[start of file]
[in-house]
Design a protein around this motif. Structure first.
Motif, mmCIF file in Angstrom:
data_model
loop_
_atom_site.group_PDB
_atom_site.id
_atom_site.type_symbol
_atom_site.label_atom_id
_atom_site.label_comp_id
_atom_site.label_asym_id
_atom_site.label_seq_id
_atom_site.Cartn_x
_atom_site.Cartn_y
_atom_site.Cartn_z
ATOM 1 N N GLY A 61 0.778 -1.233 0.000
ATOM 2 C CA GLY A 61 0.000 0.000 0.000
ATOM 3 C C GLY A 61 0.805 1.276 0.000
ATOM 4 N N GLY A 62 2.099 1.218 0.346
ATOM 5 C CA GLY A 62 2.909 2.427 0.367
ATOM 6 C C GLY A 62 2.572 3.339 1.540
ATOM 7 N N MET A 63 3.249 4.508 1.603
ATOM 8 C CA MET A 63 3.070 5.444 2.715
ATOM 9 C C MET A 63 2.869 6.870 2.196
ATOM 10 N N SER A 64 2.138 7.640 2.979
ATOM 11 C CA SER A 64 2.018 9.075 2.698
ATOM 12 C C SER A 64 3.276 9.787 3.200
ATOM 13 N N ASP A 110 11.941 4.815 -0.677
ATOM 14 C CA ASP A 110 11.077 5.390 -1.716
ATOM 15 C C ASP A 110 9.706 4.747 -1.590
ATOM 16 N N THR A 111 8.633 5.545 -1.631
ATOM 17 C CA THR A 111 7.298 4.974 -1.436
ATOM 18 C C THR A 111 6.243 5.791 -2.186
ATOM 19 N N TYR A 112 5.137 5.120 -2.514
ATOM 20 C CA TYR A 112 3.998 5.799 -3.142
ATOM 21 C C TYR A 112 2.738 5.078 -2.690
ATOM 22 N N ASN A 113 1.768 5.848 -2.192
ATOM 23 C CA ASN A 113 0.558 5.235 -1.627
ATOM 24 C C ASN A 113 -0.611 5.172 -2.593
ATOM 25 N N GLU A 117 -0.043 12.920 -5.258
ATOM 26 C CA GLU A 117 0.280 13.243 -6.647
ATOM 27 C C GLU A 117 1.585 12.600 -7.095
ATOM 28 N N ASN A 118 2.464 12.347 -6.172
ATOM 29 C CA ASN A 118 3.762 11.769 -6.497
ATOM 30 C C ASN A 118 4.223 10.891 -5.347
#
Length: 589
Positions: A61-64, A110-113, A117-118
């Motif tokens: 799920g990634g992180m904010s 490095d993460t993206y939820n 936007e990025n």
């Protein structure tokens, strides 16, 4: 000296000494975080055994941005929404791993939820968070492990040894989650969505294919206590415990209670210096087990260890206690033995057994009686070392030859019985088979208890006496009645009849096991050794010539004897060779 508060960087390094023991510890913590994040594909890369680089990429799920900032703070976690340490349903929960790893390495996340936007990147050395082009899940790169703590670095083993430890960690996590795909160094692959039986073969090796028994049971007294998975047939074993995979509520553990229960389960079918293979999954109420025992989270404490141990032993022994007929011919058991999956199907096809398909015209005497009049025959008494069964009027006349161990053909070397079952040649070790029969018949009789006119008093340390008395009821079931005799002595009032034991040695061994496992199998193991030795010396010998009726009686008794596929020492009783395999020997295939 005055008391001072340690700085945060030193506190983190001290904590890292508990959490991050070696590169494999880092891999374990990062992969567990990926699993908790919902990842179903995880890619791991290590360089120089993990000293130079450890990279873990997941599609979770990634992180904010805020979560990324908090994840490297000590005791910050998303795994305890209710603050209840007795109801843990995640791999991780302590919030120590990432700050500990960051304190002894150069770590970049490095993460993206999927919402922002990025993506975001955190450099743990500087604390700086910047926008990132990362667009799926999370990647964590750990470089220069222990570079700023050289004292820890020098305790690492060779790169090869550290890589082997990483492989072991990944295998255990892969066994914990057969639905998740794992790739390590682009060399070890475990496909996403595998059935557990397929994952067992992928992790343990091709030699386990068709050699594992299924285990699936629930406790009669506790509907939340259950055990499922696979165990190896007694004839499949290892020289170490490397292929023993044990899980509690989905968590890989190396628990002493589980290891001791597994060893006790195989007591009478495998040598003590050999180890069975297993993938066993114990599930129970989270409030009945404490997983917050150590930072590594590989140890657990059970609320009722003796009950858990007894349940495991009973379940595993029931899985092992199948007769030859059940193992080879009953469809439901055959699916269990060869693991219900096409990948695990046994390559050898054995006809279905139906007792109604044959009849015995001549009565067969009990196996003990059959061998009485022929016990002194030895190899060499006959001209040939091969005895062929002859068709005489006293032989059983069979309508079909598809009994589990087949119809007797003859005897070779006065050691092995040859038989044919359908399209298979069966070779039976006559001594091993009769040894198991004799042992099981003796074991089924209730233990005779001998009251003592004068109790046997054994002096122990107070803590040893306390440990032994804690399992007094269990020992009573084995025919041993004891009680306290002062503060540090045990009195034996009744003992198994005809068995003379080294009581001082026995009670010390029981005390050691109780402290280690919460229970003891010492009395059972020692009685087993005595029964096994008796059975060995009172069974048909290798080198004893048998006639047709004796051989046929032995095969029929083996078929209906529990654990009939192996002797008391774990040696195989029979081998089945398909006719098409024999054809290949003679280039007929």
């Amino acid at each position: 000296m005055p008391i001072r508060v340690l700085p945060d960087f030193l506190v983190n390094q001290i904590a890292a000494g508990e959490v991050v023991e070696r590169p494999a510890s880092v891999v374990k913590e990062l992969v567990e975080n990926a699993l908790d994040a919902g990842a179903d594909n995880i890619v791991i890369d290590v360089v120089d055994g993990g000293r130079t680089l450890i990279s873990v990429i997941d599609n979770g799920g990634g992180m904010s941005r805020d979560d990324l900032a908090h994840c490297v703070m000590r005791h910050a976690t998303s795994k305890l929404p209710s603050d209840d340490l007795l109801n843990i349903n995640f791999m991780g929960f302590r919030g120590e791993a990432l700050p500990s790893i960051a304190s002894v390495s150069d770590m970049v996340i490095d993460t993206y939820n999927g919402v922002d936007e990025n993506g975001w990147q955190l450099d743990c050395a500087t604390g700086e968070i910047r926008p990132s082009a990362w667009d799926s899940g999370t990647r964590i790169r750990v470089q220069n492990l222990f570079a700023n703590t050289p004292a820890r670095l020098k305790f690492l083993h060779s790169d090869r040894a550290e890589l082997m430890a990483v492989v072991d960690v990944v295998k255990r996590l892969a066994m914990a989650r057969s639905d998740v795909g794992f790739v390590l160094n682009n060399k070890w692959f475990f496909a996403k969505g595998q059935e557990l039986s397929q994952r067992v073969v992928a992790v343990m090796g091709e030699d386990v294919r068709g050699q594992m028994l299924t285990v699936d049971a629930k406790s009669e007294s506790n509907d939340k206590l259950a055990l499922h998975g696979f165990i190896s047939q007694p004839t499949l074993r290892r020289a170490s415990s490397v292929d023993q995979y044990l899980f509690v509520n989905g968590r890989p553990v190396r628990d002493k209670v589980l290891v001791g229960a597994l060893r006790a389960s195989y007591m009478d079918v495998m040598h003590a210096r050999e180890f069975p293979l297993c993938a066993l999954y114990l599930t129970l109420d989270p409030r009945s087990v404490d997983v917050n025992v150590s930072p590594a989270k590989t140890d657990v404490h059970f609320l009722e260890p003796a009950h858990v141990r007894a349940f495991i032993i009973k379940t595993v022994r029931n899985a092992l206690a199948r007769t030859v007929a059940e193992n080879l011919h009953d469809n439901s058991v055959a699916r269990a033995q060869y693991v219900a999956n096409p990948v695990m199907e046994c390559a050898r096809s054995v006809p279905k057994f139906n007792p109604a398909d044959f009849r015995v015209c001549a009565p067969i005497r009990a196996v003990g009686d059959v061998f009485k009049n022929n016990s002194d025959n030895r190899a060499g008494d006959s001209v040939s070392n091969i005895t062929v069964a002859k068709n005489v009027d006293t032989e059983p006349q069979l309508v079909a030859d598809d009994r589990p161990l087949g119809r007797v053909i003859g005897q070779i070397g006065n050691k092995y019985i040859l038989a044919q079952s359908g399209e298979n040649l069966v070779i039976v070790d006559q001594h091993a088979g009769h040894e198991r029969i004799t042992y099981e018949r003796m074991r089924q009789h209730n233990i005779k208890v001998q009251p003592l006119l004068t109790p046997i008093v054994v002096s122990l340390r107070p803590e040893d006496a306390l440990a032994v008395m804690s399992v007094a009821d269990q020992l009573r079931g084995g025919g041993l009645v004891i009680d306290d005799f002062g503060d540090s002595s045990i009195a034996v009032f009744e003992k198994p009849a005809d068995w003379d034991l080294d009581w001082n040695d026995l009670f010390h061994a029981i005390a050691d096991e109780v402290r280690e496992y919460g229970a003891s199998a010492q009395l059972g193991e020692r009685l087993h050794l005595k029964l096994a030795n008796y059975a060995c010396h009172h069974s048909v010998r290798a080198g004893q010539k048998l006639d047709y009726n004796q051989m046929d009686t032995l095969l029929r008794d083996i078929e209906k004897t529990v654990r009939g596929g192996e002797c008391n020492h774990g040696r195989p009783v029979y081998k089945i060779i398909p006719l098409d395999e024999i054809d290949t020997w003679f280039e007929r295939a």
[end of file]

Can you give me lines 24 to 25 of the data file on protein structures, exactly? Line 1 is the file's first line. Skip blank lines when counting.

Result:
ATOM 9 C C MET A 63 2.869 6.870 2.196
ATOM 10 N N SER A 64 2.138 7.640 2.979